House Republicans Seek To Cut E-Cigarette Regulatory Funding For FDA

A controversial new bill approved by a U.S. House of Representatives subcommittee proposes to reduce the ability of the government to regulate e-cigarettes. 

House republicans are pushing to prevent FDA oversight on companies that sell e-cigs and other new tobacco products. However, many Democrats say this could allow products to remain on the market that could pose a risk of serious harm for children and other consumers.

If passed, the proposed legislation would prevent the FDA from requiring pre-market approval for e-cigarette products that are already on the market. Effectively, it would allow all e-cigarettes a pass on FDA safety review.

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The House subcommittee approved the measures Thursday, as part of a spending bill, and are sending it on for further approval by the full committee, the House, Senate and then the President.

Under a rule currently proposed by the FDA, electronic cigarettes marketed before February 2007 would have to undergo retroactive pre-market approval, in addition to pre-market approval requirements for all new e-cigarettes and vaping devices. If this is the case, companies would have to submit applications within two years of the rule being finalized.

The FDA would then review products to determine if they put the public at risk. If they do not meet that bar, they would be removed from the market.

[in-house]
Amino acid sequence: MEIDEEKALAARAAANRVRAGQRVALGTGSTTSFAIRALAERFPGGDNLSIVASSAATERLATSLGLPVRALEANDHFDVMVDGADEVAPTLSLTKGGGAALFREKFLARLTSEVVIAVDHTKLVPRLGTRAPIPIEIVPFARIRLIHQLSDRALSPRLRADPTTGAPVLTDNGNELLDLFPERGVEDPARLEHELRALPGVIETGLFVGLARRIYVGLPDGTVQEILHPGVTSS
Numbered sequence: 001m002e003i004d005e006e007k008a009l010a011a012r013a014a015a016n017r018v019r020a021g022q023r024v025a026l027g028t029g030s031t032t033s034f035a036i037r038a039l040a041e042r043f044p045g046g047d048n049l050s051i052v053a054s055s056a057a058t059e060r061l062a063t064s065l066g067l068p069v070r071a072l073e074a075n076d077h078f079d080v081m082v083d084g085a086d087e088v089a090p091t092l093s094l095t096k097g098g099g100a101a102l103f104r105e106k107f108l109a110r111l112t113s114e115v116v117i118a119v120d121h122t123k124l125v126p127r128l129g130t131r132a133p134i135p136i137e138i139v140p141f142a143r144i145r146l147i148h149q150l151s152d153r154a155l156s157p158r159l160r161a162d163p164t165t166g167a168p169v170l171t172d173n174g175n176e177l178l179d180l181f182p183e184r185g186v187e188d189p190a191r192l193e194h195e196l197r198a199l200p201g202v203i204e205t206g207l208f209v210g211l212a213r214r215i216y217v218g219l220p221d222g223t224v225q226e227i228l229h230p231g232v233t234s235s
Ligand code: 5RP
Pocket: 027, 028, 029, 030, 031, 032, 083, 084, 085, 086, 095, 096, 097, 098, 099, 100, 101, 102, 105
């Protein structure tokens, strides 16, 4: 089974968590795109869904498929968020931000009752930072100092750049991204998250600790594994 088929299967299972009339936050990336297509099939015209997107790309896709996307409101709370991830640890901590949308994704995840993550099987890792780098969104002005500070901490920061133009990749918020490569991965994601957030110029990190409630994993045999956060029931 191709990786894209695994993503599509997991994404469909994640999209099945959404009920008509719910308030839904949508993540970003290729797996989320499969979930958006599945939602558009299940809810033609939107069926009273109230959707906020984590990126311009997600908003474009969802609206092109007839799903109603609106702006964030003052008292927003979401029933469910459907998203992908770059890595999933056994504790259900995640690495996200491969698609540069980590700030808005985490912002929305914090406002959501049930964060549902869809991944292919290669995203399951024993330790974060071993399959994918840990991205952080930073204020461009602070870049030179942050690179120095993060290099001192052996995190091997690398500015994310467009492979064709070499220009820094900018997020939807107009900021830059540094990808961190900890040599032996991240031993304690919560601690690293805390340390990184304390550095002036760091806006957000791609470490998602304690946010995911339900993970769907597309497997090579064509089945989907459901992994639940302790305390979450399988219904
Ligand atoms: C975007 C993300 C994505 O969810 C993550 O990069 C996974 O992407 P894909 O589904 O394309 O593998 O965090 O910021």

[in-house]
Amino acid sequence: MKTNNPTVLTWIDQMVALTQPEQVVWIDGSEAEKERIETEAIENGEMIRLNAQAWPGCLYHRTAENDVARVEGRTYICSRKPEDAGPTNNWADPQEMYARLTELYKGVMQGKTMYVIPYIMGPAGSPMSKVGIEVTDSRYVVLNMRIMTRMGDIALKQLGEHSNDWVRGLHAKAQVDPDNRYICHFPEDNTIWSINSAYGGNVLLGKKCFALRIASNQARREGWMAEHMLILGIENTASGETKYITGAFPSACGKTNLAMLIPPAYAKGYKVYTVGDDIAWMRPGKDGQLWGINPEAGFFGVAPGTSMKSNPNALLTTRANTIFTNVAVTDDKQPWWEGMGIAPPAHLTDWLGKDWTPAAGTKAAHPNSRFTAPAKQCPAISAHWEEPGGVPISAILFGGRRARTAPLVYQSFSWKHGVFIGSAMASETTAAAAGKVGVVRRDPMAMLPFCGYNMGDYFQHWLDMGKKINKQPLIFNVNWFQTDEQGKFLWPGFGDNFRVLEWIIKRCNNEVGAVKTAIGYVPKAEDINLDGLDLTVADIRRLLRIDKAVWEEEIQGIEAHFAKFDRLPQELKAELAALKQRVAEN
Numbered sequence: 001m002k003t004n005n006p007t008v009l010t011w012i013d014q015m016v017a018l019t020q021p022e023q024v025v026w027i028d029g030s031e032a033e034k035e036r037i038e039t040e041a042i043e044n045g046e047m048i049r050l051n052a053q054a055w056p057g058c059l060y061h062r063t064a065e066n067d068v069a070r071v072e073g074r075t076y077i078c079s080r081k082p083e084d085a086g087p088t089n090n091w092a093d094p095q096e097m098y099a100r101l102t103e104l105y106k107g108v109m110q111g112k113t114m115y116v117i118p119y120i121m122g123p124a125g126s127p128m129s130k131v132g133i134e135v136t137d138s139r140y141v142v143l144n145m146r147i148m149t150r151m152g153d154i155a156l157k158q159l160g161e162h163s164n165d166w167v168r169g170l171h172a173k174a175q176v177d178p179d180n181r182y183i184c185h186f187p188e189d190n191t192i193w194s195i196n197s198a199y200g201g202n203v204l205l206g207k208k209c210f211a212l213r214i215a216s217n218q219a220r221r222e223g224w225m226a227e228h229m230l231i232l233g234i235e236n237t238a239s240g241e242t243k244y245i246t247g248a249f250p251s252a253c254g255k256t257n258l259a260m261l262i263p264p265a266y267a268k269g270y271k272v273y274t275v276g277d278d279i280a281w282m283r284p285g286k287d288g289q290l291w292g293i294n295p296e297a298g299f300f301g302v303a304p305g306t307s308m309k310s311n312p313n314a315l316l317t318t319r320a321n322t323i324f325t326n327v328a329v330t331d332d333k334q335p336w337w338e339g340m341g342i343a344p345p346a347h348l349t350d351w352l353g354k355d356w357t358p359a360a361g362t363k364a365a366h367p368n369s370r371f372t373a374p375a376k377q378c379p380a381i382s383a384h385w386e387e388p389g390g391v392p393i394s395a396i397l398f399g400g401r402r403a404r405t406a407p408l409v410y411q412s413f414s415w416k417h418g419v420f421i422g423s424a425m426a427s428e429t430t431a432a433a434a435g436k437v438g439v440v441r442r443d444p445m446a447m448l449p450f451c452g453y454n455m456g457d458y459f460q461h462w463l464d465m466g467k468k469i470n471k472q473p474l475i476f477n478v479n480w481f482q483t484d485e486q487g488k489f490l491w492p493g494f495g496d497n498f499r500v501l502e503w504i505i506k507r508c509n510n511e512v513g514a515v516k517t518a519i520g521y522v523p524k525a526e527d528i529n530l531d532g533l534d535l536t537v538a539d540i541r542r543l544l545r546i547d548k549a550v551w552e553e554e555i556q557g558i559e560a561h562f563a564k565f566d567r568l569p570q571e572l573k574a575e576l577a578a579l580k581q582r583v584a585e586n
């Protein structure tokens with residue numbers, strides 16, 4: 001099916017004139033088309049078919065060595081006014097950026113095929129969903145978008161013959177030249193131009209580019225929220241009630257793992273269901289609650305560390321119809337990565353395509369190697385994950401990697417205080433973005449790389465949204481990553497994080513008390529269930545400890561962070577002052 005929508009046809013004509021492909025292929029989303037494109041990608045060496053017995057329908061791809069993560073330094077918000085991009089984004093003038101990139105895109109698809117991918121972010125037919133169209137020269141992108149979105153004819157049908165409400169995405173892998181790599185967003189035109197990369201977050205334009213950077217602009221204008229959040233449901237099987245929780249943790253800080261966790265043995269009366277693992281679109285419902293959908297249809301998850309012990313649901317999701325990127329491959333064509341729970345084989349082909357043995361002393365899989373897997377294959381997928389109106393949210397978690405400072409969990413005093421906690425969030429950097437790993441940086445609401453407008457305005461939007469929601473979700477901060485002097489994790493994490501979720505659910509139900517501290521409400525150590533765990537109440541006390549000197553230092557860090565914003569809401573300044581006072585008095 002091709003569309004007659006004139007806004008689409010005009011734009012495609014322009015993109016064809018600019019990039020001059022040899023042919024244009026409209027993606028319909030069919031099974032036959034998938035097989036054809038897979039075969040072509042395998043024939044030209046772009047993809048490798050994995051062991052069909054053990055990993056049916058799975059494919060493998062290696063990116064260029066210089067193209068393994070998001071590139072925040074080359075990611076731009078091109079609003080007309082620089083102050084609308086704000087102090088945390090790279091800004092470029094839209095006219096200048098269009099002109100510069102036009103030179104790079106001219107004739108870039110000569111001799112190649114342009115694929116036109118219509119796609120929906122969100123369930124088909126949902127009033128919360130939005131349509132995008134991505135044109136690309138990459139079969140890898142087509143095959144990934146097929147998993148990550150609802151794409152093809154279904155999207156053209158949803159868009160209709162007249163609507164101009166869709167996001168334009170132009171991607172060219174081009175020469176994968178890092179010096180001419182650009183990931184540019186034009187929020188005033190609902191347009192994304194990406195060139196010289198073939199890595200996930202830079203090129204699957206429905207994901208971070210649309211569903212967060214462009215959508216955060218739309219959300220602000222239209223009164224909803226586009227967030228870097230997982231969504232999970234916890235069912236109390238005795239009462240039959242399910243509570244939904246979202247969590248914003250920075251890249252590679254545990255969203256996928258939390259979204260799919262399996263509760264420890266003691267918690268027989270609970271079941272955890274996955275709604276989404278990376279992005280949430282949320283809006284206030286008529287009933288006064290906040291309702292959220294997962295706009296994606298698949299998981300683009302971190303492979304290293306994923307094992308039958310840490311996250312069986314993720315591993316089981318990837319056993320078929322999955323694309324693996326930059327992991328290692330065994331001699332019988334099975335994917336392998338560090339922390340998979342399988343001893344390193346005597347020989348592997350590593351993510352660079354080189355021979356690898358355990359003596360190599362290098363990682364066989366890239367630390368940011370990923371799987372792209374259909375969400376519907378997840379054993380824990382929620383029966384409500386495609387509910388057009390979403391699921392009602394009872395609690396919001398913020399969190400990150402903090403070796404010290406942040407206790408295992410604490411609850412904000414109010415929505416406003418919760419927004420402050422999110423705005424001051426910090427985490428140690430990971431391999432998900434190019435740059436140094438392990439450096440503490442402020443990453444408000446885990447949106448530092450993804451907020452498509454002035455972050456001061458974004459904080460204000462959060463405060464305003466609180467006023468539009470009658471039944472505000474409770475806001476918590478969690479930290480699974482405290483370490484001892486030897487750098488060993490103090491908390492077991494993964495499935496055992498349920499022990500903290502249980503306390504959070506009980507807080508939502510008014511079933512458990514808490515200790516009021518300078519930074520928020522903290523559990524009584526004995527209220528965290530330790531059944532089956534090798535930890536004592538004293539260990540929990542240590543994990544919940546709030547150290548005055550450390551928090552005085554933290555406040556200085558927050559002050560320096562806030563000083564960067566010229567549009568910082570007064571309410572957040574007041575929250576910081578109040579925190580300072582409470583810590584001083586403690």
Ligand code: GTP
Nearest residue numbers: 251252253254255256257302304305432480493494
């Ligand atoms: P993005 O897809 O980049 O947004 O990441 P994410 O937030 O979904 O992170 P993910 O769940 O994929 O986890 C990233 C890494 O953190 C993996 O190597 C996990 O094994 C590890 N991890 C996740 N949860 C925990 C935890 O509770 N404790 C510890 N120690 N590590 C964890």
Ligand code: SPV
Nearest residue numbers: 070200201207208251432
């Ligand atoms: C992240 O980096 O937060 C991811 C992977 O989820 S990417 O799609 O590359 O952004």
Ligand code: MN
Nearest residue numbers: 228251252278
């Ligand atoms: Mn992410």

Republicans argue that a pre-market review would be a lengthy, expensive process that could drive many companies out of business.

Alabama Representative Robert Aderholt, the bill’s sponsor, said the bill only seeks to have electronic cigarettes regulated in the same manner as tobacco. He also said it does not affect the FDA’s proposal to ban the sales of the products to minors and would still allow for other product standards.

Many groups, including six U.S. Senators, have called on the FDA to place stricter regulations on e-cigarettes. The American Heart Association also called for more stringent guidelines for the industry, since the devices are appealing to adults and children alike.

Eased Regulations, More Safety Concerns

The new legislation would apply to other unregulated tobacco products, including cigars, hookahs, nicotine gels, water pipes tobacco, and dissolvable tobacco products. The FDA currently regulates cigarettes, smokeless tobacco and roll-your-own tobacco products.

Public health safety groups say the bill would disrupt the FDA’s ability to prevent tobacco companies from marketing new products to children.

Democrats say the bill would reduce regulation on the industry at a precarious time when many adults use e-cigarettes as a way to quit smoking tobacco cigarettes. Recently the use of e-cigarettes has increased rapidly as a result.

Democrats also say the language of the House bill could keep products on the market that are targeted specifically toward teens, including cigars and e-cigarettes in candy-like fruit flavors, which new research has shown may cause respiratory health risks.

New research indicates e-cigarette use by teens increased threefold in 2014. The U.S. Centers for Disease Control and Prevention warns that teens are increasingly vaping and millions of high school and middle school students are using the potentially dangerous devices.

Nita Lowey, New York Democratic representative and top Democrat of the Appropriations Committee, called the bill a giveaway to the tobacco industry.

The FDA’s proposed rules, which are expected to be finalized in a few months, are aimed at finally regulating the quickly growing e-cigarette industry. The tobacco companies downplay the effect the bill would have on the FDA’s regulatory authority. Yet, the FDA said the rules are important consumer protections.


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